Updated: Friday, 25 Sep 2009, 12:52 PM EDT
Published : Thursday, 24 Sep 2009, 11:18 PM EDT
WEST LAFAYETTE, Ind. (WLFI) - A heated protest rallied outside the Lawson Science Building at Purdue, where controversial guest Bill Ayers spoke on Thursday night/
Controversy arose due to Ayers' former association with the radical group "The Weather Underground."
That anti-war group was responsible for multiple bombings in the 1970s.
Hundreds of people came out to voice their outrage about Purdue University allowing Ayers to speak to faculty and students.
"Purdue's a school of great character and integrity and we feel like inviting guests like this to our school jeopardizes both of those items," said protester Katie Ryan.
Only a select group of students and faculty were allowed inside the Lawson Science Building for Ayers' speech, which further angered protesters.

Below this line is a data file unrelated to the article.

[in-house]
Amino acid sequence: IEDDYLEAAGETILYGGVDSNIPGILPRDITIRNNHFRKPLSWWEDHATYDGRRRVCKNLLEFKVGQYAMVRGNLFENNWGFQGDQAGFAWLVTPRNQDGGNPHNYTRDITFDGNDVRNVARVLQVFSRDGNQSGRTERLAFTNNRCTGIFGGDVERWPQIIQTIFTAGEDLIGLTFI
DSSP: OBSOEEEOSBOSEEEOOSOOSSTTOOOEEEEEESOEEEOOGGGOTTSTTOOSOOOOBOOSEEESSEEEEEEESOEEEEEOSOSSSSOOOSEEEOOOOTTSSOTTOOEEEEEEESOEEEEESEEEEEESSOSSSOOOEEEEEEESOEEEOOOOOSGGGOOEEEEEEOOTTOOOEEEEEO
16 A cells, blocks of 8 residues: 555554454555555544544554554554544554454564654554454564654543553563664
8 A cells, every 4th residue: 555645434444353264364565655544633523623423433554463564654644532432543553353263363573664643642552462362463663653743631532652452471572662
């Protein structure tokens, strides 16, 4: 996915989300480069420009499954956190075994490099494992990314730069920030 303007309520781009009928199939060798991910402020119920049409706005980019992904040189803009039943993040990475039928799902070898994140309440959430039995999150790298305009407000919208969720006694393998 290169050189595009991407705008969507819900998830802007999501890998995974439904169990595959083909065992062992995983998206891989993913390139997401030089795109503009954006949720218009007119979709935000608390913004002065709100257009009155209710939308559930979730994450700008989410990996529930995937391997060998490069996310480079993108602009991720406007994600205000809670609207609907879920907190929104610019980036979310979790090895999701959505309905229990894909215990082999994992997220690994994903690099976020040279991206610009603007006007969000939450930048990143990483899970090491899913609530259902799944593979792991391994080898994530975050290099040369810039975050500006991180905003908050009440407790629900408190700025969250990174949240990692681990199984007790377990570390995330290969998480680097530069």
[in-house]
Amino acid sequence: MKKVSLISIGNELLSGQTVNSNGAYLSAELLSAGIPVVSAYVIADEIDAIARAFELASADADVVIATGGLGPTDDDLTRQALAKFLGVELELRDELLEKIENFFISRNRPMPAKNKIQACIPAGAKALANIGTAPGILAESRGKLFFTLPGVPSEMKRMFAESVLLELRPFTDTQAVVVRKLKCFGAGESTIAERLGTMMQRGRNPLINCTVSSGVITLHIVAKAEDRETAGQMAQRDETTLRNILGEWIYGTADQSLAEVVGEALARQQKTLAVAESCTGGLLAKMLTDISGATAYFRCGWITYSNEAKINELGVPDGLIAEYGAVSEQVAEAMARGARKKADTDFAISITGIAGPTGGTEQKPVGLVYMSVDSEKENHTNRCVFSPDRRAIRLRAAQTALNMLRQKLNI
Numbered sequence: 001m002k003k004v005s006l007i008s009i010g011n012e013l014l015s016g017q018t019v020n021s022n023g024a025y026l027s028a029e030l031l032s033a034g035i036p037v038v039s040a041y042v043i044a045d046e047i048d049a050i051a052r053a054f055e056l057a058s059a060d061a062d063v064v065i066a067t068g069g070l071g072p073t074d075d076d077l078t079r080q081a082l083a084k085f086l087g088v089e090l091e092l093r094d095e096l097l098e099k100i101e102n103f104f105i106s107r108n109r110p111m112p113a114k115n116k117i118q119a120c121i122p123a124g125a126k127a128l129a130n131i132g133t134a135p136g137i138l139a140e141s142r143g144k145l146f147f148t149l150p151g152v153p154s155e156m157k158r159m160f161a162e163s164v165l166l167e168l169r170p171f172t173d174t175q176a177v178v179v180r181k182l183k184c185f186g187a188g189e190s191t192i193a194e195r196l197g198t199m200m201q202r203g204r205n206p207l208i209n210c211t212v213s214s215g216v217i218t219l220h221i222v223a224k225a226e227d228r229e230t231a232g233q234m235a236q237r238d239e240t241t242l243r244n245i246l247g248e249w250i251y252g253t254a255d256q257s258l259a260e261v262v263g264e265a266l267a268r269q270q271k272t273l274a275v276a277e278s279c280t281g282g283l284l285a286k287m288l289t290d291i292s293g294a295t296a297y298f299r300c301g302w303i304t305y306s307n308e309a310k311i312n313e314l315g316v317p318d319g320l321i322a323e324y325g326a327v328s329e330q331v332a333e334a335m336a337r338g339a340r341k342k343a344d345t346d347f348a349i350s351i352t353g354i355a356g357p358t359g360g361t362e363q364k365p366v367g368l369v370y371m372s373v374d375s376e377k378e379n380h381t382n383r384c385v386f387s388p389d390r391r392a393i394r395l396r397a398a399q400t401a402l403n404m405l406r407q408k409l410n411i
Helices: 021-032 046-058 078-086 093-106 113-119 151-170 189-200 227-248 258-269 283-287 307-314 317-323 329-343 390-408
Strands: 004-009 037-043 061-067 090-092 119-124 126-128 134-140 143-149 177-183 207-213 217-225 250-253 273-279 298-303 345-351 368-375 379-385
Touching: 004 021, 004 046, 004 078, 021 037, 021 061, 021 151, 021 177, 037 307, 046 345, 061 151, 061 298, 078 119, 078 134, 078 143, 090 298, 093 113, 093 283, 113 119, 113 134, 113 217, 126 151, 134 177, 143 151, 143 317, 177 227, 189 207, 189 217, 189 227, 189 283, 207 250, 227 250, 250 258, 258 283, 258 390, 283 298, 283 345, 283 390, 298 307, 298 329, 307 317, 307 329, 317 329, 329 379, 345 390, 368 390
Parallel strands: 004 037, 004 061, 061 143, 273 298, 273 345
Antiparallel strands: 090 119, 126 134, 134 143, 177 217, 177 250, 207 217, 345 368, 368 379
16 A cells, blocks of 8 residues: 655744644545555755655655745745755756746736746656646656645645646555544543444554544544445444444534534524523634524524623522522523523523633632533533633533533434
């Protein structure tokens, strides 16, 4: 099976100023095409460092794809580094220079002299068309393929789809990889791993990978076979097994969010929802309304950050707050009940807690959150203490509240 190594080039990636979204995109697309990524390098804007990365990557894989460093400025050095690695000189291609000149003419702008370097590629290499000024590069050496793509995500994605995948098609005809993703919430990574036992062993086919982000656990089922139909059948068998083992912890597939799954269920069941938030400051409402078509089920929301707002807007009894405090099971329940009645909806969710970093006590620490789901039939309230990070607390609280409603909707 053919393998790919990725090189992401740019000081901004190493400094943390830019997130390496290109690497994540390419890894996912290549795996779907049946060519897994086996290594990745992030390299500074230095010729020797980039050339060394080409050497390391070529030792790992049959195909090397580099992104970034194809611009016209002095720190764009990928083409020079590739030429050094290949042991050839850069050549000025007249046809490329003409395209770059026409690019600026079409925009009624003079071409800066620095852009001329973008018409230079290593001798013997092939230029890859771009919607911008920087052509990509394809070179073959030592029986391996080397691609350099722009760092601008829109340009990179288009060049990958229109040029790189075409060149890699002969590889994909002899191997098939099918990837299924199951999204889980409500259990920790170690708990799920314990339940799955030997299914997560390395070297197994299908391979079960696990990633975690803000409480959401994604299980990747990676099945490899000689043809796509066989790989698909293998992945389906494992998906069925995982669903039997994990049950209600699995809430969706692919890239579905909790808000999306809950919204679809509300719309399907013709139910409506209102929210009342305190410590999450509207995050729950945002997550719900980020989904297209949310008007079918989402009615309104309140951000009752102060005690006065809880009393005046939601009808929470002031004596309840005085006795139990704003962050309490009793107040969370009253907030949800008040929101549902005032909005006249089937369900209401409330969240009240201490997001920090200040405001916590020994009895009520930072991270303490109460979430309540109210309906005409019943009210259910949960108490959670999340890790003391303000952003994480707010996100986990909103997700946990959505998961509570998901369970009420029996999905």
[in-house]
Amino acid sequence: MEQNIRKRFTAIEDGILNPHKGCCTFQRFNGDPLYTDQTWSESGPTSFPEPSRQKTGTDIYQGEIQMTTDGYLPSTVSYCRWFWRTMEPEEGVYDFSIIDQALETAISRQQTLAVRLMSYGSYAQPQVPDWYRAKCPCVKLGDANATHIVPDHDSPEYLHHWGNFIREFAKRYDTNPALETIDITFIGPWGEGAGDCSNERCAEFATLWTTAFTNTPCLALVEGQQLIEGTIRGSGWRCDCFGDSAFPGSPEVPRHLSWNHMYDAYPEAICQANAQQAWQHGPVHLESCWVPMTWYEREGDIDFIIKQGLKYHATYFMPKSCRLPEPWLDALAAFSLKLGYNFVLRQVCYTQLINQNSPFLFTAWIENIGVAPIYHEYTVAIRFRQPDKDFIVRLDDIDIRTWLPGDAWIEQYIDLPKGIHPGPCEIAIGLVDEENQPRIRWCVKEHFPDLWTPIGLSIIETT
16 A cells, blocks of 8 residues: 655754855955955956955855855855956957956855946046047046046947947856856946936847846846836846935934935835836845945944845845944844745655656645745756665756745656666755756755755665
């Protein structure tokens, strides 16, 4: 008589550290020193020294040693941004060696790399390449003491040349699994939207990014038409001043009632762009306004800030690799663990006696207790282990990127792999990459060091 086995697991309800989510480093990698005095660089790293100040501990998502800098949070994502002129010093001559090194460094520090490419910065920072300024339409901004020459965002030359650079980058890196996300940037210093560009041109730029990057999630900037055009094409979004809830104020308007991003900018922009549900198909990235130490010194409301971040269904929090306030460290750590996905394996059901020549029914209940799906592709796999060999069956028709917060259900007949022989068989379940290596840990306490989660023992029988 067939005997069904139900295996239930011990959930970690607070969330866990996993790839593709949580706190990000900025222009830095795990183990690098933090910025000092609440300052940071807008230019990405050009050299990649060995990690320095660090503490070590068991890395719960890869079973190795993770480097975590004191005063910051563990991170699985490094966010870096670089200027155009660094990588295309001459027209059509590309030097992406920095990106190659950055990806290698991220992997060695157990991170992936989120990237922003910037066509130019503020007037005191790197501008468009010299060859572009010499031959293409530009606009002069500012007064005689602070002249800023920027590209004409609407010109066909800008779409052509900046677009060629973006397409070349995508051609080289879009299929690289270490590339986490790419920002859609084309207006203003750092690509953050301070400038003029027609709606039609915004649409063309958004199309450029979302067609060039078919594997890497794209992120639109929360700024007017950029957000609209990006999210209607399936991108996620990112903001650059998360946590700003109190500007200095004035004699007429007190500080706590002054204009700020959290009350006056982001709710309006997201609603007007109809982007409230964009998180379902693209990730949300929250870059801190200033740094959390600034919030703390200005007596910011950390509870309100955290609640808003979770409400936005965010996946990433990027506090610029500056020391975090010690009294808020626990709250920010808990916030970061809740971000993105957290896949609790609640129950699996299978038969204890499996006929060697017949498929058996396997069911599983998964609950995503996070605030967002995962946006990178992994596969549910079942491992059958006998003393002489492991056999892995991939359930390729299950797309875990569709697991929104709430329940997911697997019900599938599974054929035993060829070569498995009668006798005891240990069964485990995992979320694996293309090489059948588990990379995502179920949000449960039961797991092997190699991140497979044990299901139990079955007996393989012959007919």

"We tried to get in - into the publicly funded building - as students, and the administration locked it down and we don't think that's very constitutional," said Purdue student Jake Witteveen.
Protesters carried signs and chanted. Some went farther than homemade signs, however, and made look-a-like bombs using hot dogs. Shouts of "communists" and "shame on Purdue" rang out from the crowd.
People going to see Ayers' speech were met with boos from protesters, but some defended Ayers presence on campus.
"People here saying they support free speech but protesting a man speaking today seem to be in conflict of that value," said Purdue student Joseph Kaminski.
Purdue University College of Liberal Arts Interim Dean Irwin Weiser said the University stood by its decision to let Ayers speak.
"If universities aren't places where all kinds of people can come to speak about issues that are about interests to the members of the university community then we've lost our way," said Weiser.
Still, the opposition to Ayers appearance outweighed supporters, and those who are frustrated the University allowed Ayers to speak said they will not soon forget it.
"We do not support someone like that in our education system," said Citizens in Action member Donn Brown.
News Channel 18's cameras were not allowed inside for Ayers'
speech, which was titled "Inequality and Education: The
Challenge for Urban Schools."